These documents are needed to prepare your FCT Parks and Open Space Program Application.
Application Form FCT-5 (Example)
This application form (FCT-5) should be completed and submitted per Rule 62.818, F.A.C.
Application Instruction Guide (2016 Example)
This guide contains instructions and helpful information for completing the FCT Parks and Open Space Florida Forever Grant Application Form. Please review all instructions in the Guide before preparing the application.
FCT Self-Score Check Sheet
The FCT Self-Score Check Sheet is a helpful but optional tool to determine if a project will receive a competitive evaluation score. This Check Sheet is an example from the 2016 UA17 application cycle.
Application Completeness Check Sheet
The Application Completeness Check Sheet should be completed before submitting the grant application to minimize mistakes or omissions in preparing the application. This Check Sheet is an example from the 2016 UA17 application cycle.
Recreational Facilities on Florida Communities Trust Sites
Below are the more common recreational facilities found on FCT sites throughout Florida. This list is not exhaustive. If you are considering facilities not listed or have any questions, please contact FCT.
The Florida Fish and Wildlife Conservation Commission provides information on Florida's Imperiled Species (endangered species, threatened species and Species of Special Concern). (Criteria 2(d)2 and 2(d)4).
Rural Areas of Opportunity (formerly Rural Areas of Critical Economic Concern)
Counties and communities designated as Rural Areas of Opportunity (formerly Rural Areas of Critical Economic Concern) (Criterion (3)(c)5).
Florida Outdoor Recreation Inventory
The Florida Outdoor Recreation Inventory provides information and maps of park and recreation areas throughout Florida. Includes conservation lands, flood zones, geology/topographic maps, aerial photos for the entire state (Exhibits C, E, I and J).
The Florida Master Site File in the Bureau of Historic Preservation, Division of Historical Resources, Florida Department of State, is charged with maintaining Florida’s inventory of historical cultural resources. Site File staff will assist applicants in determining if prospective acquisition projects have recorded historical cultural resources. Staff will also assist with the recording of qualified resources (Criteria (2)(g)1 and (2)(g)2).
If you are looking for the assistance of an archaeologist to develop a resource protection plan or to survey a site, DHR does not maintain a list of professional archaeologists who are qualified to work in the State of Florida and/or who meet the Secretary of the Interior’s Standards for federally involved archeological projects as specified in 36 CFR 61. The American Cultural Resources Association maintains a listing of professional consultants. In addition, the Register of Professional Archaeologists maintains a membership directory that may be useful in locating professional archaeologists and other professional preservation consultants in your area. Many qualified historic preservation professionals are not members of these organizations, and omission from the directories does not imply that someone does not meet the Florida Department of State’s Standards or that the resultant work would not be acceptable. Conversely, inclusion on the list is no guarantee that an archaeologist's work will automatically be acceptable. As with any contractor references and recent work history should be requested.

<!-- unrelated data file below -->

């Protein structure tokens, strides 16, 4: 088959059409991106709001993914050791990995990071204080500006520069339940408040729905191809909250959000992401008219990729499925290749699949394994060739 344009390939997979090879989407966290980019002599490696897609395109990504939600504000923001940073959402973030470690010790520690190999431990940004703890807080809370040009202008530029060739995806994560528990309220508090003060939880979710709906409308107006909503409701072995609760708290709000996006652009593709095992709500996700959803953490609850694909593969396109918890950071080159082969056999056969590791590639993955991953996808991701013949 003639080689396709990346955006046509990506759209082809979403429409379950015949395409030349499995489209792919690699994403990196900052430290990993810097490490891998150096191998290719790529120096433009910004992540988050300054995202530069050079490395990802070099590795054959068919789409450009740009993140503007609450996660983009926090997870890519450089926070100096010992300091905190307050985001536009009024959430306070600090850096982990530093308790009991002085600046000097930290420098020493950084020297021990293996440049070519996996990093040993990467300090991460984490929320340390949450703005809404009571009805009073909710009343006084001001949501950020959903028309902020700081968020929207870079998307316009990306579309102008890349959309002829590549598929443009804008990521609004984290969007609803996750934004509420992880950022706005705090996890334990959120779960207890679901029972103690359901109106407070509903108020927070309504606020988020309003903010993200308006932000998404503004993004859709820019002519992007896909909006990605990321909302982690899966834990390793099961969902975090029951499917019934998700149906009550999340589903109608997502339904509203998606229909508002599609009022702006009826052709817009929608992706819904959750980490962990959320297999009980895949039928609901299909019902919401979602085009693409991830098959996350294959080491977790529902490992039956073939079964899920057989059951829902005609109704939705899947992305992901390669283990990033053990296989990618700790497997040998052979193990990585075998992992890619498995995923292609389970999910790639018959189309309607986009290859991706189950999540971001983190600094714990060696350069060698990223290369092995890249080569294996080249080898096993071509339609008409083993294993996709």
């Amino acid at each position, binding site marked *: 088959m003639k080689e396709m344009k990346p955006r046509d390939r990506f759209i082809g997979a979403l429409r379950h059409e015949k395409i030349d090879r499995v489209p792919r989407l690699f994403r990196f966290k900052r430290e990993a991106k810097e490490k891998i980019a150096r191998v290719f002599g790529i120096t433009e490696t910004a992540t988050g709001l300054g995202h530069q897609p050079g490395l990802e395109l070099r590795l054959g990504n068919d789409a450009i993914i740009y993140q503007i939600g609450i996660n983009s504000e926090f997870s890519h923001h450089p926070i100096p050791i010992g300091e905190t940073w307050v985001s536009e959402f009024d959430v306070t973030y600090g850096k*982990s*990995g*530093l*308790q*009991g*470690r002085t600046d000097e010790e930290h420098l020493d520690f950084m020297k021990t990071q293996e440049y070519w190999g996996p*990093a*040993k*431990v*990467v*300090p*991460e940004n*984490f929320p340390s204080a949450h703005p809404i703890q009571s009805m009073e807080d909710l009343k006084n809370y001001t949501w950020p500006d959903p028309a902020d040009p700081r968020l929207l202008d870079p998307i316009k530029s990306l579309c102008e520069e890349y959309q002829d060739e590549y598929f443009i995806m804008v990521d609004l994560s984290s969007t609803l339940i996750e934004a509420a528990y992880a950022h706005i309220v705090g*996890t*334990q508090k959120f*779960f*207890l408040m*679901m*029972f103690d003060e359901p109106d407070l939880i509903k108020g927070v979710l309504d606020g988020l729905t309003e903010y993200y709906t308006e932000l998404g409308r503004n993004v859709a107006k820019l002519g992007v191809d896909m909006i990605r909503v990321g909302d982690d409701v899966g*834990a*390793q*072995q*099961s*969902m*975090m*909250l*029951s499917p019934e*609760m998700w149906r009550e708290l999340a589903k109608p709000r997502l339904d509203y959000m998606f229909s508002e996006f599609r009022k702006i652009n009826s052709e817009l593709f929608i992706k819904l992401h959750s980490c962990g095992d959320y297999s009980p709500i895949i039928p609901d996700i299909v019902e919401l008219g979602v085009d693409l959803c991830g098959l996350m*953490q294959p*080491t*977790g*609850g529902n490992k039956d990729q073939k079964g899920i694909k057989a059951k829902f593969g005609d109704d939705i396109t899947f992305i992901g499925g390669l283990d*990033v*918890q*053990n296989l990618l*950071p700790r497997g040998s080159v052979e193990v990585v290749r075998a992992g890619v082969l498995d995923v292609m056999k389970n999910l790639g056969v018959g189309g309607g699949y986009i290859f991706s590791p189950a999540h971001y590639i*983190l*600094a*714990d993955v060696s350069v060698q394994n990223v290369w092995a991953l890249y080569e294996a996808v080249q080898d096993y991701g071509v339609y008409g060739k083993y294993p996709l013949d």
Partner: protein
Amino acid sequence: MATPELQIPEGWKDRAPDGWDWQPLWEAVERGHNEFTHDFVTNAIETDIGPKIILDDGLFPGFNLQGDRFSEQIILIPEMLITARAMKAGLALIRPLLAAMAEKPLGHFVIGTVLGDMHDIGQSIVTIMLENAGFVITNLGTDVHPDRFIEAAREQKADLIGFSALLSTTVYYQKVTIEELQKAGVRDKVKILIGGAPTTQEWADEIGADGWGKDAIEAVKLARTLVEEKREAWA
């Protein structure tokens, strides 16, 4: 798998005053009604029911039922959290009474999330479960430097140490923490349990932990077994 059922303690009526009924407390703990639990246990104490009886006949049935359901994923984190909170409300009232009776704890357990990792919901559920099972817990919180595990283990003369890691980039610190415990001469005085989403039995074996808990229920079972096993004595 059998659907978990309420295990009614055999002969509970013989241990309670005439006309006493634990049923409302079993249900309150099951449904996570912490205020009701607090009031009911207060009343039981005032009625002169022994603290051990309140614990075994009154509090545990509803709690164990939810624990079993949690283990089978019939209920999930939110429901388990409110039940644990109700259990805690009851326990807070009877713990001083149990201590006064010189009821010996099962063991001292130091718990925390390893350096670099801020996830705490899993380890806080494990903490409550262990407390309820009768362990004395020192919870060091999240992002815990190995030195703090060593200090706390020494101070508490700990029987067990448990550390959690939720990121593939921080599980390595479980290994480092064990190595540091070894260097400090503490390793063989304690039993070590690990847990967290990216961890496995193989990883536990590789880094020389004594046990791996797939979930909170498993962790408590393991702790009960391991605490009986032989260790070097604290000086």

Archaeological Resource Management (ARM) Training provides free training to state and local land managers charged with the protection and conservation of the state's irreplaceable archaeological resources, which include pre-European mound sites, villages, and camps, colonial settlements, battlefields, and submerged sites.
The Florida Department of Environmental Protection is the state’s lead agency for environmental management and stewardship – protecting our air, water and land. The vision of the Florida Department of Environmental Protection is to create strong community partnerships, safeguard Florida’s natural resources and enhance its ecosystems.